Henna is used on a daily basis in Morocco, and thalassotherapy treatments include it in their treatments. It conditions, strengthens and beautifies hair by coating the scales. It adds tone and volume to limp, fine hair, while regulating the sebum content of oilier hair. Henna tattoos are a veritable jewel on the skin, and are a common practice in Morocco. Leave your hands in the hands of a professional and offer an ephemeral souvenir of your thalasso holiday in Morocco.
Moroccan gastronomy: care for body and soul
Last but not least, Moroccan cuisine is a real therapy for the daily “junk food”. It’s full of flavors and spices, and will awaken your senses in the same way as all the body treatments in the world. Pastillas, tajines, couscous, let yourself be tempted by this balanced cuisine rich in vegetables and fruit.
Thalasso and body care in Morocco: Morocco travel tip
Don’t hesitate to go out into town to eat, as the quality of the cuisine is not necessarily equal to that of the hotel thalasso treatments.
Where to go for a thalasso in Morocco?
A multitude of destinations are possible. Some, however, are richer in discoveries and offer a more exotic setting.
Fascinating Marrakech offers the perfect setting to relax while admiring the splendour of its monuments. As the country’s tourist capital, it attracts travellers from all over the world and boasts one of the country’s most prestigious hotels: the Hotel Hivernage. The city also boasts a number of luxury riads dedicated to thalassotherapy: Riad Isis and Riad Dal Elma will seduce you with their authenticity and good taste.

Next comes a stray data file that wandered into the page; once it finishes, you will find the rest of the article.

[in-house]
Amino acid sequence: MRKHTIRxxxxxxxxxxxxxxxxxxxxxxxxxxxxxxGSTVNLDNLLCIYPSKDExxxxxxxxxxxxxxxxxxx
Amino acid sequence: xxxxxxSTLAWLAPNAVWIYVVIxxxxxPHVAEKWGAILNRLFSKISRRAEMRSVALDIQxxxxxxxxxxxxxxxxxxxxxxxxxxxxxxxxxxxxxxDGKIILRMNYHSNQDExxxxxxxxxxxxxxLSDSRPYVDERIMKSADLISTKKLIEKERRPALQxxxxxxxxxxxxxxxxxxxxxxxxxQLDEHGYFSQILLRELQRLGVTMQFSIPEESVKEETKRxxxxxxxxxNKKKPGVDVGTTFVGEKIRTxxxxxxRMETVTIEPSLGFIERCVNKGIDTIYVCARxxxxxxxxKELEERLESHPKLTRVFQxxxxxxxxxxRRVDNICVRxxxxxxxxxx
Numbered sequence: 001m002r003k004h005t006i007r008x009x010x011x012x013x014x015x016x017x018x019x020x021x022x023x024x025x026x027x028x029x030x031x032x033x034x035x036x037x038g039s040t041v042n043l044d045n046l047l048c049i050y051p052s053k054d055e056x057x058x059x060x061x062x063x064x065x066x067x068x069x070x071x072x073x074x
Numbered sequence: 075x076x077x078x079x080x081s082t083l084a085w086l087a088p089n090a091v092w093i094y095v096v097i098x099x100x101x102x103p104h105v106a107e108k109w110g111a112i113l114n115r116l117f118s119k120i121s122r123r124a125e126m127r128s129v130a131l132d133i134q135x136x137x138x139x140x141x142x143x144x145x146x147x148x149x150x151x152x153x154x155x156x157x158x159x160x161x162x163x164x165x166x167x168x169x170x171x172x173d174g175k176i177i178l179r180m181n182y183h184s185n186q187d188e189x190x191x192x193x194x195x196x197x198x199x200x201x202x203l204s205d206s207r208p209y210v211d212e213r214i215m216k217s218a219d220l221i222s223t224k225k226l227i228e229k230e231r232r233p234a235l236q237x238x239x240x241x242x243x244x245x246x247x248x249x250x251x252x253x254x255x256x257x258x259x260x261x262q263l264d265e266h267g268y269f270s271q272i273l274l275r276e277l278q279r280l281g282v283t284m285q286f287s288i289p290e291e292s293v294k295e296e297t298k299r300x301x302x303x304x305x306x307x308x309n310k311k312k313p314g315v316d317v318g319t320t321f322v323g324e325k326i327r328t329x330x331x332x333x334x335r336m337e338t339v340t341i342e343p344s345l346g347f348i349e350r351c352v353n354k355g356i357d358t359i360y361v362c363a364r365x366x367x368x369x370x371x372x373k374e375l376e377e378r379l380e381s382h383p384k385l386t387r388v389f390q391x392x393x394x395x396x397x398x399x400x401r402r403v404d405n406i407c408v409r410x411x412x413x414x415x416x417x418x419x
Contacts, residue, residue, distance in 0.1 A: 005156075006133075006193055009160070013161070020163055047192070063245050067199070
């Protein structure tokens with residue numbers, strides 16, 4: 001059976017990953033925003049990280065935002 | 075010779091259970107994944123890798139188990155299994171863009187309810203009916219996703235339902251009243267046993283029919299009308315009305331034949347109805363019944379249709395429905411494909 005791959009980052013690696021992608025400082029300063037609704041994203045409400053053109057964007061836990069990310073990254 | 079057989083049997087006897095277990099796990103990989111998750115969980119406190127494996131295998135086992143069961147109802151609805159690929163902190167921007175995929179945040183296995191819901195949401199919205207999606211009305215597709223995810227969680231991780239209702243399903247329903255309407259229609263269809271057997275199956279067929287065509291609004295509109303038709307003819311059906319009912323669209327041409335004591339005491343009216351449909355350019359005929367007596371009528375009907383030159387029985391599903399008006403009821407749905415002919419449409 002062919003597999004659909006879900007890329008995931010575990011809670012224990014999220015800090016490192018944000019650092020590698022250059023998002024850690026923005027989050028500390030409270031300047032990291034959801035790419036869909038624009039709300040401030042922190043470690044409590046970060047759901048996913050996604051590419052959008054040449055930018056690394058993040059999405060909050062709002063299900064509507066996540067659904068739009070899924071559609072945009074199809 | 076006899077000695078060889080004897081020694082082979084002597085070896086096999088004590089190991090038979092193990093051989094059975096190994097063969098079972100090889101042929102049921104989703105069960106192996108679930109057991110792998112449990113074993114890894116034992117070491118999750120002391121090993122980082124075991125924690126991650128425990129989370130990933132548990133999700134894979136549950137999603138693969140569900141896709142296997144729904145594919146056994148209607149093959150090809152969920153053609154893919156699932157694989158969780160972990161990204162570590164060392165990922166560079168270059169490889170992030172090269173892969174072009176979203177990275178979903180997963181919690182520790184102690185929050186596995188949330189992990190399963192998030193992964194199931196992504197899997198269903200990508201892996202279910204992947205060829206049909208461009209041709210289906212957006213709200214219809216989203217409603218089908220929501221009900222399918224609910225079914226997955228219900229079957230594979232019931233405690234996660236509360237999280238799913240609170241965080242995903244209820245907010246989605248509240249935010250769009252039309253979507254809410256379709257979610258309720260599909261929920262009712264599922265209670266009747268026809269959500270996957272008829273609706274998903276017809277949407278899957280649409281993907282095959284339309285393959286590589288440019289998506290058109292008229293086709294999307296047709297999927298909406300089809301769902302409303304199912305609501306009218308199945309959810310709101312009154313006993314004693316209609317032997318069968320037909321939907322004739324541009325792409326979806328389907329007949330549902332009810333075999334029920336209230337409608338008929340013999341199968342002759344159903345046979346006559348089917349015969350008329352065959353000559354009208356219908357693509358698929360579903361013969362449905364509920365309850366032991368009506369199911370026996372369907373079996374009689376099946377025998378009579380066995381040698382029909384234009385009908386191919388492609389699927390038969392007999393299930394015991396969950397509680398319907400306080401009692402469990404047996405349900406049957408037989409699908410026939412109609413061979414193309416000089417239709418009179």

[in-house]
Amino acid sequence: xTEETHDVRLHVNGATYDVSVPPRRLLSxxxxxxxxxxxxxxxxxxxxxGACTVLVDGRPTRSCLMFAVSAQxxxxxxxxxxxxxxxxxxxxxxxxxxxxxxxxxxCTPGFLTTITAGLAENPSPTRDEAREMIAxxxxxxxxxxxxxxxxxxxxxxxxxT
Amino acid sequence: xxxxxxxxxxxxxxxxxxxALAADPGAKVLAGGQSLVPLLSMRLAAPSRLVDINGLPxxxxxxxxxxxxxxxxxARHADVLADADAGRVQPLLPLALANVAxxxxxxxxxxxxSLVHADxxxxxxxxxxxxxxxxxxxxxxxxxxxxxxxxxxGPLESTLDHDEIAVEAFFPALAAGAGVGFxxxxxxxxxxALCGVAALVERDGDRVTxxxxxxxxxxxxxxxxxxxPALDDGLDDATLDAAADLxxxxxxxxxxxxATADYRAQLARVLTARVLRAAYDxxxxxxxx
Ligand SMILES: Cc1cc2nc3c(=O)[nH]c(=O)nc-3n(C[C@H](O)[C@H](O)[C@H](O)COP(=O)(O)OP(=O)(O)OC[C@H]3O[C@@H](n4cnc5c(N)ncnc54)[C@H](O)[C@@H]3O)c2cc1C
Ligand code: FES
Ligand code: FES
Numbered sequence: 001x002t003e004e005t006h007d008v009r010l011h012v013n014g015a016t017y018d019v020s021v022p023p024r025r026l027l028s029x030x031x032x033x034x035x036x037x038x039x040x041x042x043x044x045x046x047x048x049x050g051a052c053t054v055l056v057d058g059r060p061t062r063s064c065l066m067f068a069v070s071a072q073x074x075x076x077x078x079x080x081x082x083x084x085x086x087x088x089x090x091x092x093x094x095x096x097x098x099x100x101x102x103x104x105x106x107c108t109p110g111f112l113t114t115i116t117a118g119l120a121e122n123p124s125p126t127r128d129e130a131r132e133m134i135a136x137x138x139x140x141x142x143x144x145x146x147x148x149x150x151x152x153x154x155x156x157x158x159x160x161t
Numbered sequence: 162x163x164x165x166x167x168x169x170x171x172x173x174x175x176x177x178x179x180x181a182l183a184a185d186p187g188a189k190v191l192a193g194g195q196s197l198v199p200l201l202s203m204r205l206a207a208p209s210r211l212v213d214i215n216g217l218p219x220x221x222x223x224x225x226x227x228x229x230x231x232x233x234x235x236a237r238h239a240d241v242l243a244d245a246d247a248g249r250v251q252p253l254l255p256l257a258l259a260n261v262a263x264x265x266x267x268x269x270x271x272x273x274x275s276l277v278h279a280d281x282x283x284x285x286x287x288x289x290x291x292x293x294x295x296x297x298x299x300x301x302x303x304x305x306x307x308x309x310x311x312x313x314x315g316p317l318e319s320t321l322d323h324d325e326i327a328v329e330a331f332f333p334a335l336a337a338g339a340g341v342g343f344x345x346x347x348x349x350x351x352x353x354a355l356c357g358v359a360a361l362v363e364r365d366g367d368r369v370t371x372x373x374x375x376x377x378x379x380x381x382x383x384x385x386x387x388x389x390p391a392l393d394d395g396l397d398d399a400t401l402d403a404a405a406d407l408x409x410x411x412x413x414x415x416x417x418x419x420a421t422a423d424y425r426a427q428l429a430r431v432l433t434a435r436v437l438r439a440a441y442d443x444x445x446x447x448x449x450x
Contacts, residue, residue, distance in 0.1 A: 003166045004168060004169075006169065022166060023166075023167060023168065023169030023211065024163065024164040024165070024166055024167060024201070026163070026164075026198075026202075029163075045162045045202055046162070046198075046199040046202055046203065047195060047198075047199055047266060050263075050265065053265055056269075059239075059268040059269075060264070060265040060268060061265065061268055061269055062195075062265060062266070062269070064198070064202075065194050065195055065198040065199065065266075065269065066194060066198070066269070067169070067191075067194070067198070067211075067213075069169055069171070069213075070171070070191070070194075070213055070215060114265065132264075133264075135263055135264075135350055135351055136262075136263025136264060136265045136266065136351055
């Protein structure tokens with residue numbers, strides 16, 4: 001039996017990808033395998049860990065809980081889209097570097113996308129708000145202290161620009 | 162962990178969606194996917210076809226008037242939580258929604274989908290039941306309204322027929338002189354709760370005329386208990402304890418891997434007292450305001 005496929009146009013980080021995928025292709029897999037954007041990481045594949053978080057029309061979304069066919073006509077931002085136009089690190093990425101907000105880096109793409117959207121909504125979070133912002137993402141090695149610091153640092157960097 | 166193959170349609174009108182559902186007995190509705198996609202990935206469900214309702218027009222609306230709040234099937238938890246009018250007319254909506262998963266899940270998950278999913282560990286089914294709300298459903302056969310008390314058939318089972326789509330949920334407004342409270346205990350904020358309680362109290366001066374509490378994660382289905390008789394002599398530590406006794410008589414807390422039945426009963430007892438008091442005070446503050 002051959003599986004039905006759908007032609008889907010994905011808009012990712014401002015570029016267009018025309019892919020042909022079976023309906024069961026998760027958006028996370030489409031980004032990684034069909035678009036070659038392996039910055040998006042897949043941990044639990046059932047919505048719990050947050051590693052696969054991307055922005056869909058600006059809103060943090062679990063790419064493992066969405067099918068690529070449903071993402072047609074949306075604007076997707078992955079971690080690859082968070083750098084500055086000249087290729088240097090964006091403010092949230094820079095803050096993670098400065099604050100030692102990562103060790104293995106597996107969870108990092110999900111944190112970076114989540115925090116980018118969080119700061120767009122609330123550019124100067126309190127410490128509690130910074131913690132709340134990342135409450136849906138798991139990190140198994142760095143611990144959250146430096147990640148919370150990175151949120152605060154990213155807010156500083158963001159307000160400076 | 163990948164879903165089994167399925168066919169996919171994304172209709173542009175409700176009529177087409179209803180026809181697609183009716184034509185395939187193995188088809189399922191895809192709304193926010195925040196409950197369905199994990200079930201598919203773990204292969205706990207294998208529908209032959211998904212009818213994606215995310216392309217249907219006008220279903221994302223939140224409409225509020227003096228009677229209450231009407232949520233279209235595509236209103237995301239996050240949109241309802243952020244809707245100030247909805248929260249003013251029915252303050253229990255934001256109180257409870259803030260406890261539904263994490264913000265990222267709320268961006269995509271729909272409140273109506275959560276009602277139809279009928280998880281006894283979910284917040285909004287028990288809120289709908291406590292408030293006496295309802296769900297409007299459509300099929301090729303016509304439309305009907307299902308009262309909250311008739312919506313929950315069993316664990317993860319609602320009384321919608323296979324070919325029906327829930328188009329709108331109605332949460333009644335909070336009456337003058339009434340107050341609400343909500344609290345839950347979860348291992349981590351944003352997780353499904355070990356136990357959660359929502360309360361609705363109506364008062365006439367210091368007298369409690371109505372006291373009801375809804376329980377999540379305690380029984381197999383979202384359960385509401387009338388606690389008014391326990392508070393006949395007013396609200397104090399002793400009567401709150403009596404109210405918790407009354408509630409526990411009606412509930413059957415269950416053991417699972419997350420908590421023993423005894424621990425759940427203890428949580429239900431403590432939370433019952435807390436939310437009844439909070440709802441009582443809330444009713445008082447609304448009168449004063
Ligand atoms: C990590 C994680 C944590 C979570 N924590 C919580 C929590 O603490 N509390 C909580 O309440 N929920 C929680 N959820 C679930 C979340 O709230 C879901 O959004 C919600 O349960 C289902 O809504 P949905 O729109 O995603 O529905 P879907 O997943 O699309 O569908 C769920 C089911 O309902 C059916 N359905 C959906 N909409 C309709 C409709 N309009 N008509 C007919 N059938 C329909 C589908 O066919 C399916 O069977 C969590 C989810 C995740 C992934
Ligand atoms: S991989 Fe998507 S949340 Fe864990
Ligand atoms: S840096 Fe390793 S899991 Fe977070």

Essaouira, by the sea, also boasts a number of thalassotherapy establishments, including the Océan Vagabond and the Hôtel Thalasso. Situated between the beaches and the city’s historic center, Essaouira is a first-rate thalassotherapy destination.
In Casablanca, consider the Hôtel des Arts Golden Tulip, the city’s luxury spa dedicated to the five senses. On the roof, a panoramic swimming pool offers dreamlike views of the city and surrounding countryside. You’ll also find a wide choice of Thalassotherapy centers in Agadir, but the city lacks the charm of the aforementioned and is overcrowded, less idyllic for a relaxing break. The Atlantic Palace is nonetheless a luxury hotel offering top-quality and renowned thalassotherapy, so it’s up to you…
Staying in Marrakech: Must-sees
Morocco’s most sought-after city, Marrakech amazes with its cultural and historical encounters, mesmerizing architecture and mountain backdrop. Nicknamed “The Pearl of the South”, it also got a makeover for COP 22, the international climate conference, in 2016.
Spend the evening in Jemaa El Fna square
It’s a must-do during your stay in Marrakech: if there was only one thing to see in Marrakech, it would be the Jemaa El Fna square in the center of the city. Real window on Moroccan culture, with its snake charmers, storytellers, dancers, baboons… The perfect place to immerse yourself in the soul of the country and its history, while marvelling at all the entertainment. The square has been recognized as an intangible cultural heritage site by UNESCO since 2008, for its ongoing cultural richness.
You can also take the opportunity to visit the souk, where you’ll find souvenirs and clothing, as well as more traditional stalls selling henna tattoos, healing plants and predictions. It’s a place where the music and arts of many of Morocco’s peoples come together. A veritable open-air museum, the square comes alive even more in the early evening.